By the end of World War II, Healy maintains, “the presidency’s dominance had been firmly established.” “The successive crises of World War I, the Great Depression, and World War II,” he writes, “had given rise to a new constitutional regime.” Healy finds Theodore Lowi’s description of the new constitutional order apt: “the system of government had become an inverted pyramid, with everything come to rest on a presidential pinpoint.” Put otherwise, the most prominent landmark of the new regime was the “heroic presidency” or “omnipresidency.” Moreover, this new regime was hailed by serious scholars—James MacGregor Burns, Arthur M. Schlesinger, Richard E. Neustadt—all of whom contributed mightily to the aura of the heroic president. A survey of college political science texts in the period from 1955–70 conducted by Thomas Cronin, Healy reports, “found a near-uniform portrayal of ‘presidential omnipotence’ and ‘moralistic-benevolence,’ in which ‘by symbolizing the past and future greatness of America and radiating inspirational confidence, a president can pull the nation together while directing us toward the fulfillment of the American dream.’ ” By 1960, Herman Finer even went so far as to declare that “the presidency was ‘the incarnation of the American people in a sacrament resembling that in which the wafer and the wine are seen to be the body and blood of Christ,’ the office rightly belonging ‘to the offspring of a titan and Minerva husbanded by Mars.’ ” In sum, the Progressive vision had become a reality.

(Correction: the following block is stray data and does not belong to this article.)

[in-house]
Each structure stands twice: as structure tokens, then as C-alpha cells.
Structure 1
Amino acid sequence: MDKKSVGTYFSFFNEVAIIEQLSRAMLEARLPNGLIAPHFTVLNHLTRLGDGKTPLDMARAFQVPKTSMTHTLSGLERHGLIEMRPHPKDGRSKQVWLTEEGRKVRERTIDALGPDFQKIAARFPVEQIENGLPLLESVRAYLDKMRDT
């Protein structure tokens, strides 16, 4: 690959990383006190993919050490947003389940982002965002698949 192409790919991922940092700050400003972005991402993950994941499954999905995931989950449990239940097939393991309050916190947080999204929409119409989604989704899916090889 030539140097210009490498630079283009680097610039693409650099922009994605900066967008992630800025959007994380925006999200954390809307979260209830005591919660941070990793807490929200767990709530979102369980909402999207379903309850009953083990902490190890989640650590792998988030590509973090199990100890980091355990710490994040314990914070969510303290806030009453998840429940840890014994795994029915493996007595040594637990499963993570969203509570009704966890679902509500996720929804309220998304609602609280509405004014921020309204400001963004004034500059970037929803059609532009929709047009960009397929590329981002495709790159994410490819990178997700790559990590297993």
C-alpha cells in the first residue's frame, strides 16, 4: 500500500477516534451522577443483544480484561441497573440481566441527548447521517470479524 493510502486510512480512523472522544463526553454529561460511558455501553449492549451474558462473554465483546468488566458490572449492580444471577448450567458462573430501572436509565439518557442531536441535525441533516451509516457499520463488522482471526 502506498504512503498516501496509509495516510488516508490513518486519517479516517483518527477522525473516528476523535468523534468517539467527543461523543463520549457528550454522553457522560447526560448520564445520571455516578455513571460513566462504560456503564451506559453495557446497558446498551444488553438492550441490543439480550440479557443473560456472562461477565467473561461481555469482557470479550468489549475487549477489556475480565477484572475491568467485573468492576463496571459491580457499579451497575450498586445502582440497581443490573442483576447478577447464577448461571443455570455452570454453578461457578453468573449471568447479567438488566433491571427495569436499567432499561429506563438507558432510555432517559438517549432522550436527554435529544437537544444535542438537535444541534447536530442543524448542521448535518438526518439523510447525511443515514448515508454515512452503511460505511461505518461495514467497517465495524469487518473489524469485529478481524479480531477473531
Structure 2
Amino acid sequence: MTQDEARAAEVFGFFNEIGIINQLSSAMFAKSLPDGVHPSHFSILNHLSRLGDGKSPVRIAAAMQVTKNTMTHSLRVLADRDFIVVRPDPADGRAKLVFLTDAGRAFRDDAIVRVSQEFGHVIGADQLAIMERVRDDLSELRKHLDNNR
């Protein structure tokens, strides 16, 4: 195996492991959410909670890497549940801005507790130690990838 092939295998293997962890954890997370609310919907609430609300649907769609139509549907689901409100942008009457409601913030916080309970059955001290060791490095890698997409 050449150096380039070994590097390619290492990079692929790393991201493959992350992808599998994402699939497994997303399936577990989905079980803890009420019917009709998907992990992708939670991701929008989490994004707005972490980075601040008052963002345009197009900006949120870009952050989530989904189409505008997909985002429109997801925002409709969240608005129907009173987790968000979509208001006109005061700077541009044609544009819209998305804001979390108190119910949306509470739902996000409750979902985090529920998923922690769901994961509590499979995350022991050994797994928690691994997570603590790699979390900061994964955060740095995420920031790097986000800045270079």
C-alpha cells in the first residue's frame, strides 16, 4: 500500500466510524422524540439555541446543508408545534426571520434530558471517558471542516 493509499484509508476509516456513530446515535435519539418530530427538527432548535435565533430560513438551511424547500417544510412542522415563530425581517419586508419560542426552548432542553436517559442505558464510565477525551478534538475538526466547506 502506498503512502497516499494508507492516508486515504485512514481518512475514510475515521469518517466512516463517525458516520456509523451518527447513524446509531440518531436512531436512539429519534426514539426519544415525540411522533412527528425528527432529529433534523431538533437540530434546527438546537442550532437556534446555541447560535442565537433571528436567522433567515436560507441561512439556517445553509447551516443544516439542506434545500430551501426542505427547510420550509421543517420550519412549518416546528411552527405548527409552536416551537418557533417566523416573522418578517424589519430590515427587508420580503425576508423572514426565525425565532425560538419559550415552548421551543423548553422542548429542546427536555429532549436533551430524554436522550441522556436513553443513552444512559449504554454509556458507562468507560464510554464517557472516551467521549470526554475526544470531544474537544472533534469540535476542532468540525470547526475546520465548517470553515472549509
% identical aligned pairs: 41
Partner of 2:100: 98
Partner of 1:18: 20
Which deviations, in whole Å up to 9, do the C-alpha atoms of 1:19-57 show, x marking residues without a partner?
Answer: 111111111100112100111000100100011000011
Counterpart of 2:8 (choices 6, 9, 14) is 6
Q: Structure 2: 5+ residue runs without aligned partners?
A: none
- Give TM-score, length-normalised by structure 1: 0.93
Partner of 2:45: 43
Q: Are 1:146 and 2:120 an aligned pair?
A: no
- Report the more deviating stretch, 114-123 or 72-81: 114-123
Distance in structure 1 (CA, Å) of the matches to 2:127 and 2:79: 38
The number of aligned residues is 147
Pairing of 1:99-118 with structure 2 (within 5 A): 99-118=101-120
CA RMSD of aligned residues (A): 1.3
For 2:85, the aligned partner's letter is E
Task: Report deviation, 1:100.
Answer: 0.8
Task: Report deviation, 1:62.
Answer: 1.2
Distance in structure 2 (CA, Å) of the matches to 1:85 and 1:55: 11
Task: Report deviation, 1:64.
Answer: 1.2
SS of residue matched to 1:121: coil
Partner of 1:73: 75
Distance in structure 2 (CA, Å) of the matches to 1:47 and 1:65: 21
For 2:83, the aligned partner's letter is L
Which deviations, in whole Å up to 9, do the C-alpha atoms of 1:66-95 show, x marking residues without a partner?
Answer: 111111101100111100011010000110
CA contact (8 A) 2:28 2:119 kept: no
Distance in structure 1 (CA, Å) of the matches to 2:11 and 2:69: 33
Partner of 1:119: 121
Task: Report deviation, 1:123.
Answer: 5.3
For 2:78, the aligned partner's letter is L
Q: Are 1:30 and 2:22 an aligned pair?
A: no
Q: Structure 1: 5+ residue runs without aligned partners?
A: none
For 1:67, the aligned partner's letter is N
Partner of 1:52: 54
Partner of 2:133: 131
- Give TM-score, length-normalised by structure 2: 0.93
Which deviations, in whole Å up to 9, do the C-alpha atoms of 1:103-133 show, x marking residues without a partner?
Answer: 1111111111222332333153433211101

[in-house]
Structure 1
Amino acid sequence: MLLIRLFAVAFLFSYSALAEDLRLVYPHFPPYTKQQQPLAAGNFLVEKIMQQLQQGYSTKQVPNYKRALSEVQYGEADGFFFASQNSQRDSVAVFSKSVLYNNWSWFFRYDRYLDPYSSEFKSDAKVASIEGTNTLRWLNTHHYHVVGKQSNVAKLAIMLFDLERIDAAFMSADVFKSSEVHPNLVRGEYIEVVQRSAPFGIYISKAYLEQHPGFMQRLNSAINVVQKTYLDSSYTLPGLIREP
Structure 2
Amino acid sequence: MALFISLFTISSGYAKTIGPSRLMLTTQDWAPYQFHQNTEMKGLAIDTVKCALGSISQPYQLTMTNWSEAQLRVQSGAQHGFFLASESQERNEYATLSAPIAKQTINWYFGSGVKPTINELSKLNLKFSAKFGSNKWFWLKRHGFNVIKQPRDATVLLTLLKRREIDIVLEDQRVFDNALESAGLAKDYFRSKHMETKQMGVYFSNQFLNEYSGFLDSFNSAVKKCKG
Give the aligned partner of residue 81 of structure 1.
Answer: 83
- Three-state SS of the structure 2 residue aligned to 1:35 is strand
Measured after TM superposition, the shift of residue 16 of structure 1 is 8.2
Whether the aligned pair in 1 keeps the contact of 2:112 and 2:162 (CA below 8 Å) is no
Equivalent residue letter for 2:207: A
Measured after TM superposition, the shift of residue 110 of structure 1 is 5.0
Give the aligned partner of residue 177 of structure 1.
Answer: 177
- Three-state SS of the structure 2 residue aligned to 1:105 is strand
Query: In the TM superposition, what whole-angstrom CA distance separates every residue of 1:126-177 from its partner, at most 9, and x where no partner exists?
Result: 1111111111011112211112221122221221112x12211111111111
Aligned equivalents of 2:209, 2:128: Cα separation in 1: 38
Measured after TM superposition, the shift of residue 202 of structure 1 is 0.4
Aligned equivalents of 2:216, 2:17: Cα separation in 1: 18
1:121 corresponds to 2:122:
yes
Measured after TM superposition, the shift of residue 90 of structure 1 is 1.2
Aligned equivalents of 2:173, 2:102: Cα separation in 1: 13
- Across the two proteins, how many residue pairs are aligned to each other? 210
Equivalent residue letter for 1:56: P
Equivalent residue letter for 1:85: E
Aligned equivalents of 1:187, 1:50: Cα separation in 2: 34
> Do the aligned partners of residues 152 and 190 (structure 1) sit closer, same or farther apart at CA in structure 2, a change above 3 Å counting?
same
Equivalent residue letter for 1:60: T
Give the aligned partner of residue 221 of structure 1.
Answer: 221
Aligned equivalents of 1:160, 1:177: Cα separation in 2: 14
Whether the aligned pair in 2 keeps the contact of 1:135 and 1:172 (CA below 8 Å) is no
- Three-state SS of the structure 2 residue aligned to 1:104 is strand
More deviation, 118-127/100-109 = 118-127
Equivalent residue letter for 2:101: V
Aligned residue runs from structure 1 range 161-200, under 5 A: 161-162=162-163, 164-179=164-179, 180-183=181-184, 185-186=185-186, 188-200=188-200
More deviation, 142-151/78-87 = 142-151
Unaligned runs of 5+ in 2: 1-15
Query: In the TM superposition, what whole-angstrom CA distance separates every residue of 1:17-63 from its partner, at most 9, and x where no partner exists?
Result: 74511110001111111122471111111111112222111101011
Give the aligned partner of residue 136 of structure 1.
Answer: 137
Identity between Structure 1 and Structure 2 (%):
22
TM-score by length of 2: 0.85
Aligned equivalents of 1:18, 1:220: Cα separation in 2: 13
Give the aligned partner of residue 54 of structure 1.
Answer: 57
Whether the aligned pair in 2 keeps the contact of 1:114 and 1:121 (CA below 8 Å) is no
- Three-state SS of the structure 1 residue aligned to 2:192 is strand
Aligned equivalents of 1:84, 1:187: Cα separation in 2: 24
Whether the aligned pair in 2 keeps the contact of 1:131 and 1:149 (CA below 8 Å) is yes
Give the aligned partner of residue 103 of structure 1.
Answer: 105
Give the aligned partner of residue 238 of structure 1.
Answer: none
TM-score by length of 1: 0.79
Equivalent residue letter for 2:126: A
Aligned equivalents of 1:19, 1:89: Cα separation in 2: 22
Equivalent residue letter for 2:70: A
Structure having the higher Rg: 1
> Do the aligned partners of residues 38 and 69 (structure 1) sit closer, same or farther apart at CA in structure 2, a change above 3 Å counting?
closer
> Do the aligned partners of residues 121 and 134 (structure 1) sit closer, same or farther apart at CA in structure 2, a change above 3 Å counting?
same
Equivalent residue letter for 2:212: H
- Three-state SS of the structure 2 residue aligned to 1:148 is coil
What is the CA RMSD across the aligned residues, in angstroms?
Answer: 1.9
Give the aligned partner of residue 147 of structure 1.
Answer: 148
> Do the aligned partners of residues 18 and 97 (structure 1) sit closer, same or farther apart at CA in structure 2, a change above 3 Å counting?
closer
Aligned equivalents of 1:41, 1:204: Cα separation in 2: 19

The Fall and Recovery
Healy, of course, is aware of the fact that the modern presidency was dealt a serious blow with Watergate and Nixon’s resignation. In chapter four (“The Hero Takes a Fall”), he surveys the circumstances surrounding this fall. To begin with, while Nixon’s views on presidential powers went beyond even his Progressive predecessors, he came to office at a time when public trust in the presidency was ebbing, due largely to the prolonged war in Vietnam and the efforts of the Johnson Administration to infiltrate and counter the antiwar movements. Moreover, unlike Kennedy, Nixon had to contend with an adversarial press. Thus, the Watergate episode left Nixon particularly vulnerable. Congress, for instance, was able to override Nixon’s veto of the War Powers Resolution, designed to curb the president’s power to unilaterally commit American forces to hostile operations. It was also able to pass, again over Nixon’s veto, the Impoundment Control Act, thereby limiting the president’s power to withhold appropriated funds for approved projects without congressional approval. Even before Watergate, the Supreme Court “rebuffed Nixon’s attempt to stop publication of the Pentagon Papers” and, in so doing, made clear the president’s constitutional powers to suppress publications under the guise of “national security” would have to meet rigid tests to overcome the First Amendment prohibition on “prior restraint.” What brought about the temporary eclipse of the “Heroic Presidency,” as Healy sees it, was the Court’s decision in U.S. v. Nixon that rejected Nixon’s claims of absolute executive privilege and obliged him to turn over incriminating audiotapes to the special Watergate prosecutor.